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Half Billion Records Breached in 5 Years
Robert Siciliano

In the late 90s and early 2000s, hacking had evolved from “phreaking” (hacking phone systems) to “cracking” (breaking into networks). At the time, hackers hacked for fun, for the challenge, and for fame and popularity within the hacking community. But soon enough, the public began spending more time online, shopping, banking, and managing personal affairs. Hackers are no longer wreaking havoc for its own sake, deleting files, or tormenting IT administrators. Now, they’re stealing proprietary data. Instead of fun and fame, today’s hackers are motivated by illegal financial gain.

Over the past five years, criminal hackers from all over the world have been targeting huge databases of Social Security and credit card numbers. The endgame for criminal hackers is identity theft. Once they obtain stolen data, their objective is to turn it into cash as quickly as possible. This either entails selling the data to identity thieves on black market forums, or using the information to create new accounts or to take over existing credit card accounts.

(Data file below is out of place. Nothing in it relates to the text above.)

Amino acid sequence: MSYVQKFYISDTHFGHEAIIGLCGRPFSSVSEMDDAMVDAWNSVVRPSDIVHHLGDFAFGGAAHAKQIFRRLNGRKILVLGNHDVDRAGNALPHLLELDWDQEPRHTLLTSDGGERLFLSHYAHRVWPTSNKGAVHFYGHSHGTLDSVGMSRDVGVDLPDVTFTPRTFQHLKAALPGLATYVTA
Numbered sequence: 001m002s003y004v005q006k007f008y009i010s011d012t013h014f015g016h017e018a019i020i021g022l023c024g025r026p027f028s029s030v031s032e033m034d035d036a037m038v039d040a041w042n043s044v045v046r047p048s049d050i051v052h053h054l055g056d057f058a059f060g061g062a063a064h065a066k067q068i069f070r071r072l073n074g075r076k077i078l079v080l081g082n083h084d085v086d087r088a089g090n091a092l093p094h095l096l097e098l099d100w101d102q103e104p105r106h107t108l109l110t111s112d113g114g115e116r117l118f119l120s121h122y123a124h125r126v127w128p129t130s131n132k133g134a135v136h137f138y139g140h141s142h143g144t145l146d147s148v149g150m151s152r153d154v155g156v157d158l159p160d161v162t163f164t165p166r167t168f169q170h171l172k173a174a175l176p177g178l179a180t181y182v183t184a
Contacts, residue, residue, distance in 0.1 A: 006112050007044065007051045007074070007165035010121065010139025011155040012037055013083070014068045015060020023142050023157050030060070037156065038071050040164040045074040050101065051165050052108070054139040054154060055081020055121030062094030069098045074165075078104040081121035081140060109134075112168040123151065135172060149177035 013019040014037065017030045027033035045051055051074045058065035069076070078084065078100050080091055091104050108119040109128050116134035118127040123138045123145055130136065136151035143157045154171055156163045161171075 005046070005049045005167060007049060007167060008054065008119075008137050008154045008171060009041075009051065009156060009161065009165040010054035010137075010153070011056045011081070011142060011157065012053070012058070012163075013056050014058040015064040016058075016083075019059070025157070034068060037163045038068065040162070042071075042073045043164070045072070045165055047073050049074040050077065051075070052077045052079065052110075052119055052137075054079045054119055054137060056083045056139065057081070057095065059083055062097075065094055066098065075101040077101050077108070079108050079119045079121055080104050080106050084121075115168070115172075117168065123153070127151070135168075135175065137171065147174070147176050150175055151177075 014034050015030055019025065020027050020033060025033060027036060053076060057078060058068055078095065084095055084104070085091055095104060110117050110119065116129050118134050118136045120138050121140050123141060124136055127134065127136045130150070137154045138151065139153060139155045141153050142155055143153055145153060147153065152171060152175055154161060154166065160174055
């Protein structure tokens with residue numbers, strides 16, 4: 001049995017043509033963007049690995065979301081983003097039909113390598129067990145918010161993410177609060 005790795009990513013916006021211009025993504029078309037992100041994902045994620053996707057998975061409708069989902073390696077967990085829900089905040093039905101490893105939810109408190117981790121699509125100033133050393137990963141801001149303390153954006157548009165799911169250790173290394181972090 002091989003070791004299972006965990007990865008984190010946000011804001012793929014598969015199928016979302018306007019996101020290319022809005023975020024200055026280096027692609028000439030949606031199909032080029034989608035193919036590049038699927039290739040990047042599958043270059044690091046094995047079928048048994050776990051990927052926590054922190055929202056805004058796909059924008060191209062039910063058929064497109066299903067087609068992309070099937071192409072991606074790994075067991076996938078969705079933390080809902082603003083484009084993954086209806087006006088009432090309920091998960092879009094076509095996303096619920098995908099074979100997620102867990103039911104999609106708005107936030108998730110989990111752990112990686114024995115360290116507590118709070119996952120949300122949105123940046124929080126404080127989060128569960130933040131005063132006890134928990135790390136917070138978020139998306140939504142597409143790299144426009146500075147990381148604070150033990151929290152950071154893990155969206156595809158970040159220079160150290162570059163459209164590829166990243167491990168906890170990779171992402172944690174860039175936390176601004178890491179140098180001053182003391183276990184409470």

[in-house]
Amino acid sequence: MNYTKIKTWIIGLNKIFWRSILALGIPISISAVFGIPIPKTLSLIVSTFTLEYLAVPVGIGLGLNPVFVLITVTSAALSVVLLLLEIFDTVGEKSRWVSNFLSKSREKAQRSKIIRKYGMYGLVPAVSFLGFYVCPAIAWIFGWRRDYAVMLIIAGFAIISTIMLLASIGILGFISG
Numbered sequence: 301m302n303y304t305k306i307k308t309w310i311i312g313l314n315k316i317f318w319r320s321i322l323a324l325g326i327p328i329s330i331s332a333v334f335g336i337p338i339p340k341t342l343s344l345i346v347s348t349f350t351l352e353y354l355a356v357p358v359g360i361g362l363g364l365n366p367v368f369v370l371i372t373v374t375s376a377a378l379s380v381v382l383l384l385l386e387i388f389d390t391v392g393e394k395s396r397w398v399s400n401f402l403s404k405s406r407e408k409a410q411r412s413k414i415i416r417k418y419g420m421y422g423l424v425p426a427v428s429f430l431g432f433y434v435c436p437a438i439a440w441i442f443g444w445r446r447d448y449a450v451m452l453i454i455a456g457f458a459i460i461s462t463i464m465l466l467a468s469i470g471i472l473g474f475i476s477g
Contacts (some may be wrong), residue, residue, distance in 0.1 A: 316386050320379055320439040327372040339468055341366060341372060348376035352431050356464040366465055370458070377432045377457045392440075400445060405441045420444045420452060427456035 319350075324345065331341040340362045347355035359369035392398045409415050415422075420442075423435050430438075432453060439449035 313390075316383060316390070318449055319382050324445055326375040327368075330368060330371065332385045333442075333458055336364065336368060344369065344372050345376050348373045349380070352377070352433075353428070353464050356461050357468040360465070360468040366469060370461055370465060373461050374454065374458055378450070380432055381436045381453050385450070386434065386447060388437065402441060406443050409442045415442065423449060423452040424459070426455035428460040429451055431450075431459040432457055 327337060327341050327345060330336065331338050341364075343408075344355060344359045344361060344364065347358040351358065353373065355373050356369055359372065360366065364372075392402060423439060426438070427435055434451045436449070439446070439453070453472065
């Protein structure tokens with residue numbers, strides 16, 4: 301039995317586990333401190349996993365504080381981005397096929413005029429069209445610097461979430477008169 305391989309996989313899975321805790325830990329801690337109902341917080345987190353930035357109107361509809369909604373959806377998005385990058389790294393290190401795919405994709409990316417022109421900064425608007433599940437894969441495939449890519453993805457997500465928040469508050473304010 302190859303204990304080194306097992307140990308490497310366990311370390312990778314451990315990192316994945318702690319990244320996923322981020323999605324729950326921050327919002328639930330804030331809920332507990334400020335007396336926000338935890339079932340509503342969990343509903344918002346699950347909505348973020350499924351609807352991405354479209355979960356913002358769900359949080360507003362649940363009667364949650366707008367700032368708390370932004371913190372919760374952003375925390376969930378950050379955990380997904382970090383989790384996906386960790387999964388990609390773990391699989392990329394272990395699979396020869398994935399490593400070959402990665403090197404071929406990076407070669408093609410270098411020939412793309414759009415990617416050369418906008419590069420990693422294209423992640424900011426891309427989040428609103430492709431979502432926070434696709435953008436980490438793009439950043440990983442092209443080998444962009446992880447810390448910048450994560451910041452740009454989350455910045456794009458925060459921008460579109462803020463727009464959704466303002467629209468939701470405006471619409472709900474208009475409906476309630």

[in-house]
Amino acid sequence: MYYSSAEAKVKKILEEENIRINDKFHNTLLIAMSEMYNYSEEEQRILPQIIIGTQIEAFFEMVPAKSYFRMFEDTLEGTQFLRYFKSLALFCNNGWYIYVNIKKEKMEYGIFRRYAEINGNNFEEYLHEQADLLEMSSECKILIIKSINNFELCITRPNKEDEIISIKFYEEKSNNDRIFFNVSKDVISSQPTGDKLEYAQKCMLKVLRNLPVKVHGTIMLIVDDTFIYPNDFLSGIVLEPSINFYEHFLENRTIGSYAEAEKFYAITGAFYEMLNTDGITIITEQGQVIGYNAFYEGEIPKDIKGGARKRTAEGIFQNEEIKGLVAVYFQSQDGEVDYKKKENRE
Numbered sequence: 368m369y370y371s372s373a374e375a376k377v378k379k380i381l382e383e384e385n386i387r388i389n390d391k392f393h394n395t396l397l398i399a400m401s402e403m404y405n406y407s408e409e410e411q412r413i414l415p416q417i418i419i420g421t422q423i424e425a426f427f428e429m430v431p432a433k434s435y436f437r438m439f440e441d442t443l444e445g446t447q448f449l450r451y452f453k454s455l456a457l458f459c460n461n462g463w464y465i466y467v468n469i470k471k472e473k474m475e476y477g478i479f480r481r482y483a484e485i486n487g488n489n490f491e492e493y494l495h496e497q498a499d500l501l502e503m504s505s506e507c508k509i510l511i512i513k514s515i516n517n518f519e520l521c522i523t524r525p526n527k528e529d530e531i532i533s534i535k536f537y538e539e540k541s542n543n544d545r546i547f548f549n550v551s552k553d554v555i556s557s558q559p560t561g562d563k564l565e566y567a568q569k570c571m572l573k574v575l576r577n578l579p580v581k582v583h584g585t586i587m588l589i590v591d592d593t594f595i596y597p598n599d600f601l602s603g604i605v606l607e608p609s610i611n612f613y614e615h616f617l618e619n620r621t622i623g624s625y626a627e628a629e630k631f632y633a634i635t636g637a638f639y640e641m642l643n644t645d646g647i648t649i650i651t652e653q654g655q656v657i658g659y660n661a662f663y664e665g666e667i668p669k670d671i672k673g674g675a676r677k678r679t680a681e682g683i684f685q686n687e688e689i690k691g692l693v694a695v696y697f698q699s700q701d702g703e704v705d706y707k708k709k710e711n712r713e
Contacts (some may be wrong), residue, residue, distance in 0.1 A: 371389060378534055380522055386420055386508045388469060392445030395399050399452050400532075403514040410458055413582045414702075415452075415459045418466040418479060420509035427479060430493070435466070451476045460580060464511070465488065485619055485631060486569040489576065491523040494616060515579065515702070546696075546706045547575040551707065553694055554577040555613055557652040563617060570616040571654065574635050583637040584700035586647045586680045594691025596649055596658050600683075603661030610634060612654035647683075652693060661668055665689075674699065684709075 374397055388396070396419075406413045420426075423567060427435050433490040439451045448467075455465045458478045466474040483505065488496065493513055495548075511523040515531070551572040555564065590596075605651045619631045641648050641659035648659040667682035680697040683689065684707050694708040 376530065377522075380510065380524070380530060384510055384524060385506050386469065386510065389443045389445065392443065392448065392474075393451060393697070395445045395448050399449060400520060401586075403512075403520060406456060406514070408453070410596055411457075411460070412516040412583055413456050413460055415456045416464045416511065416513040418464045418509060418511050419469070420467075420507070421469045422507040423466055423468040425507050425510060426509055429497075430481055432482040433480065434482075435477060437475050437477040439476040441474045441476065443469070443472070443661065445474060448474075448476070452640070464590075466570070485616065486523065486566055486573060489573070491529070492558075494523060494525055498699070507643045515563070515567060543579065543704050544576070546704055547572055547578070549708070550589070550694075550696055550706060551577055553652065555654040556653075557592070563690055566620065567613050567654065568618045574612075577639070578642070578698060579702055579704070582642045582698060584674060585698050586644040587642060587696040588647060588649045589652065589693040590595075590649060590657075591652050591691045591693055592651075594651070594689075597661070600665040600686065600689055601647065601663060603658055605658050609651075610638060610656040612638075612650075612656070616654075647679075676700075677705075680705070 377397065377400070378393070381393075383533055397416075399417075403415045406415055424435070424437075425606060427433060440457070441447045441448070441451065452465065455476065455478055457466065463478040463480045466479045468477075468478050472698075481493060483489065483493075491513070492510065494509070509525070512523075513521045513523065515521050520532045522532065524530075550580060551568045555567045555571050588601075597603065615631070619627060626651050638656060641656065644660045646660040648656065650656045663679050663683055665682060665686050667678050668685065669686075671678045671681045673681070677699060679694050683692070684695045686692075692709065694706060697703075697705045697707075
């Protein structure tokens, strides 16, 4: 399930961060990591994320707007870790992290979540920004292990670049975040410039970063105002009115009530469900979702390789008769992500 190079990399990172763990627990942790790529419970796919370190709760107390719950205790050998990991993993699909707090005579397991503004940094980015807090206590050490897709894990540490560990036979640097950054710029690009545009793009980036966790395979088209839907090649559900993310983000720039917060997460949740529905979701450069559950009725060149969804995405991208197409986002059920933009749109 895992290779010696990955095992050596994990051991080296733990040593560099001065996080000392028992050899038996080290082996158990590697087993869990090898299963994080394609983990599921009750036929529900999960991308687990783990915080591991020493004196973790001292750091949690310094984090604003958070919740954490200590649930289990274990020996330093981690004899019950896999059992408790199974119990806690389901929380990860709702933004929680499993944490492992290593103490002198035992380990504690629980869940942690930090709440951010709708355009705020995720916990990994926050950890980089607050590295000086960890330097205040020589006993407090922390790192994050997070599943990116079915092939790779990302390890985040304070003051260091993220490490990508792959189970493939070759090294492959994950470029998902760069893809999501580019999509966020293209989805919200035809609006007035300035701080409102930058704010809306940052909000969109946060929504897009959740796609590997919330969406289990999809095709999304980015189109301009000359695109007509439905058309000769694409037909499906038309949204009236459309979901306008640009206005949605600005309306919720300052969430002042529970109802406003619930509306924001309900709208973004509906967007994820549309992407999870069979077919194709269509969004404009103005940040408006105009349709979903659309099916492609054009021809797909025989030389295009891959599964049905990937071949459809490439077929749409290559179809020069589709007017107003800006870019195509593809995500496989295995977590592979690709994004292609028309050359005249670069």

According to the Privacy Rights Clearinghouse’s Chronology of Data Breaches, more than 500 million sensitive records have been breached in the past five years. The Chronology of Data breaches lists specific examples of incidents in which personal data is compromised, lost, or stolen: “employees losing laptop computers, hackers downloading credit card numbers and sensitive personal data accidentally exposed online.”

So when a so-called “identity theft expert” claims that you can protect yourself from identity theft for free, simply by shredding documents, not giving out your Social Security number, locking your mailbox, and monitoring your online accounts, that person does not have the full picture. You should take all these precautions. But when almost everyone’s personal information has been stolen or compromised once or twice, as a result of breaches that are entirely out of our control, it’s clear that you simply can’t protect yourself on your own. This is why identity theft protection is a must.

McAfee Identity Protection includes proactive identity surveillance to monitor subscribers’ credit and personal information, as well as access to live fraud resolution agents who can help subscribers work through the process of resolving identity theft issues. For additional tips, please visithttp://www.counteridentitytheft.com.

Robert Siciliano is a McAfee consultant and identity theft expert. See him discuss an identity theft pandemic on CNBC. (Disclosures)